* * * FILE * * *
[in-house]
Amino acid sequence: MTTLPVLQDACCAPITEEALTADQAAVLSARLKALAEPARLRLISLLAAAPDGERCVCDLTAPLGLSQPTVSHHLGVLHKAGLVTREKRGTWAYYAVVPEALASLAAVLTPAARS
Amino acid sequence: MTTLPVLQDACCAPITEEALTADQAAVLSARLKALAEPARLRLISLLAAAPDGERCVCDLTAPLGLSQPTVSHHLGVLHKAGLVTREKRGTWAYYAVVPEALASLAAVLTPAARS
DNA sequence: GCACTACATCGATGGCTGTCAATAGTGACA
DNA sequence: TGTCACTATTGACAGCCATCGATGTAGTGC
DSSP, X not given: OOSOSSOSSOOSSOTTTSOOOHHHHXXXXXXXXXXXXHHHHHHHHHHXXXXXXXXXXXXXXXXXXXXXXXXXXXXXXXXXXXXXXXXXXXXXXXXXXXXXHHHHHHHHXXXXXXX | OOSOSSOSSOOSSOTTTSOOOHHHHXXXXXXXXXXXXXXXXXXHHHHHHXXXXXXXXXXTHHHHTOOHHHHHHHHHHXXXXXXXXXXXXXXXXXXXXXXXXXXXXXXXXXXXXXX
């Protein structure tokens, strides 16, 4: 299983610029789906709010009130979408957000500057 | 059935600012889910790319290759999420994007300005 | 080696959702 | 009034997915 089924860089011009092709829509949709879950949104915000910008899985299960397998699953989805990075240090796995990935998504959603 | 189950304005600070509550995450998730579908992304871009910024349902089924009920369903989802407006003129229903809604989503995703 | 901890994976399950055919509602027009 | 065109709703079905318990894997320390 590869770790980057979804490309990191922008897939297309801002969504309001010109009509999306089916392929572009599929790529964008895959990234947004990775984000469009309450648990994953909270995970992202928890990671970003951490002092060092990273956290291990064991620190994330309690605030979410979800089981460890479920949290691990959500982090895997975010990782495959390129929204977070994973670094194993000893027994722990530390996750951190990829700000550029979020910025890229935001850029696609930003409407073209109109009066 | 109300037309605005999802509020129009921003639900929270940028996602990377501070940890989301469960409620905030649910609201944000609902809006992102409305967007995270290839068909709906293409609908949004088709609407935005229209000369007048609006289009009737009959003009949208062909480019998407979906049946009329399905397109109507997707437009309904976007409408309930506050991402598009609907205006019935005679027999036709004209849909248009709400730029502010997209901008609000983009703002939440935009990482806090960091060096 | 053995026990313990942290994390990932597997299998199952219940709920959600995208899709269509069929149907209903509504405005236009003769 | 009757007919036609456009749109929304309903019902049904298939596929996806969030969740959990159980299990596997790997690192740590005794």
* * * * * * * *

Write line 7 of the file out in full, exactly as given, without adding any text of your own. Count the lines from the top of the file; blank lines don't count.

């Protein structure tokens, strides 16, 4: 299983610029789906709010009130979408957000500057 | 059935600012889910790319290759999420994007300005 | 080696959702 | 009034997915 089924860089011009092709829509949709879950949104915000910008899985299960397998699953989805990075240090796995990935998504959603 | 189950304005600070509550995450998730579908992304871009910024349902089924009920369903989802407006003129229903809604989503995703 | 901890994976399950055919509602027009 | 065109709703079905318990894997320390 590869770790980057979804490309990191922008897939297309801002969504309001010109009509999306089916392929572009599929790529964008895959990234947004990775984000469009309450648990994953909270995970992202928890990671970003951490002092060092990273956290291990064991620190994330309690605030979410979800089981460890479920949290691990959500982090895997975010990782495959390129929204977070994973670094194993000893027994722990530390996750951190990829700000550029979020910025890229935001850029696609930003409407073209109109009066 | 109300037309605005999802509020129009921003639900929270940028996602990377501070940890989301469960409620905030649910609201944000609902809006992102409305967007995270290839068909709906293409609908949004088709609407935005229209000369007048609006289009009737009959003009949208062909480019998407979906049946009329399905397109109507997707437009309904976007409408309930506050991402598009609907205006019935005679027999036709004209849909248009709400730029502010997209901008609000983009703002939440935009990482806090960091060096 | 053995026990313990942290994390990932597997299998199952219940709920959600995208899709269509069929149907209903509504405005236009003769 | 009757007919036609456009749109929304309903019902049904298939596929996806969030969740959990159980299990596997790997690192740590005794």